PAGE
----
Published by Melbourne House in 1985, Gyroscope is an unashamed rip-off of Atari‘s classic arcade game Marble Madness.
The ZX Spectrum version of John Van Ryzin‘s classic rescue game, H.E.R.O., looks pretty basic when compared to other versions, but plays just as well as all the others.
Thanatos is an unusual side-scrolling action game designed by Mike Richardson and programmed by Rod Barrington for Durell Software in 1986.
The game is unusual because you play as a dragon… Yes, that’s right: a dragon! And not any old dragon, but as “Thanatos the Destroyer” – a fire-breathing behemoth with a heart.
Lazy Jones is a cult classic Commodore 64 game that tries to cram as many derivative minigames into 64K as is possible – stuff like Space Invaders, Frogger, and platform game clones (one minigame is called Eggie Chuck – a direct reference to the classic Chuckie Egg).
Written by Philip Mitchell and Veronika Megler, The Hobbit is a legendary text adventure, with graphics, that was published by Melbourne House in 1982.
I hate this game so much! 🙂 Phobia is one of the most difficult and unfair side-scrolling shooters ever made, and the surprising thing is: it’s a Tony Crowther game. I expected more from such a talented coder…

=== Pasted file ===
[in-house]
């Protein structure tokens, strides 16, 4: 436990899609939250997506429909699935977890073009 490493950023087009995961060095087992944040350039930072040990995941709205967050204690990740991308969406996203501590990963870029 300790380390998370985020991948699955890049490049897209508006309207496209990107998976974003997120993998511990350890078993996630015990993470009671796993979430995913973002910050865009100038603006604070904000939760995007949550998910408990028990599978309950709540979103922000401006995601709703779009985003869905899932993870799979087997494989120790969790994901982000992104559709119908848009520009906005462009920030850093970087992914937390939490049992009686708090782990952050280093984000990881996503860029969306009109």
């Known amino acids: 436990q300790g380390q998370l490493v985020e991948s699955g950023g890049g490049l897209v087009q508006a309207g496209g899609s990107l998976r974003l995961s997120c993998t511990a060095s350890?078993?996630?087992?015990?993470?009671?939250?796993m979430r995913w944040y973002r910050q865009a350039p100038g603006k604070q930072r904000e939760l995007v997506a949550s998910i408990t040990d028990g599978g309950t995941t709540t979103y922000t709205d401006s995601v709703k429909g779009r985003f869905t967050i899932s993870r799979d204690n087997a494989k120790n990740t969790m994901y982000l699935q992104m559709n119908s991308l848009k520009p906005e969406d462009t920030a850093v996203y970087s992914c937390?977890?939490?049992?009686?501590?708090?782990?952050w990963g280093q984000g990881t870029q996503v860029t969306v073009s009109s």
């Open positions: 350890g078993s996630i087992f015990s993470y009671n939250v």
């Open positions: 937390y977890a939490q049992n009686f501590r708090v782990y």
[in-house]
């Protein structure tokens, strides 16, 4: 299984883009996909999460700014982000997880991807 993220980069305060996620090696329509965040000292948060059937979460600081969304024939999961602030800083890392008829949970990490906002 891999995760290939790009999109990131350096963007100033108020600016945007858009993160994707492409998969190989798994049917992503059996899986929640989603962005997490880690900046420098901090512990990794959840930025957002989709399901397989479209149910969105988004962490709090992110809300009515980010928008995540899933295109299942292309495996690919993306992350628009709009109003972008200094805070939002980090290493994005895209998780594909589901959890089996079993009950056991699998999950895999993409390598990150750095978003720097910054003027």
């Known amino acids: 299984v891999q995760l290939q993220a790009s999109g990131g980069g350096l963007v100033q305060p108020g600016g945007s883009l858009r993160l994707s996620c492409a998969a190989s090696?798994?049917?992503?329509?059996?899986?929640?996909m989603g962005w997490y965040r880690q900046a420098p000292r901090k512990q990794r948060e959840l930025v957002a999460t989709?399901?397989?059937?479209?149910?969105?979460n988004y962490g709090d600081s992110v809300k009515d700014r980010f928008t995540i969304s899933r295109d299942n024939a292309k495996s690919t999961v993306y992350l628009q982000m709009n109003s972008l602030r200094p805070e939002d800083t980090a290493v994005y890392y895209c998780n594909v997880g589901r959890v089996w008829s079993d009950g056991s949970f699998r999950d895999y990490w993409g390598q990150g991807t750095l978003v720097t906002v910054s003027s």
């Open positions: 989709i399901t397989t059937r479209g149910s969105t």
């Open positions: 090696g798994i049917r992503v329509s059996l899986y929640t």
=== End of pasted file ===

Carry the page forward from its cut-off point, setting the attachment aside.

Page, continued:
Bombuzal is a critically-acclaimed puzzle game designed/coded by Tony Crowther and David Bishop and published by Image Works in 1988.
In it you play a small, green blob whose job it is to dispose of all the bombs on a level. To explode a bomb you must be standing on top of it and hold down fire, and – once triggered – you can then walk away from it in whatever directions are available.
Written by Tony Crowther and published by Mirrorsoft in 1987, Zig Zag is a weird and wonderful isometric shoot ’em up where you fly a wedge-shaped ship around a maze collecting crystals.
Tony Crowther‘s 1985 release, William Wobbler, is somewhat controversial among critics and fans… Some love it; some hate it. Actually, let me re-phrase that: most people hate it… And (rather infamously) the leading Commodore 64 magazine of the time (Newsfield’s Zzap!64) gave it a hard time, and it pretty much sank without a trace.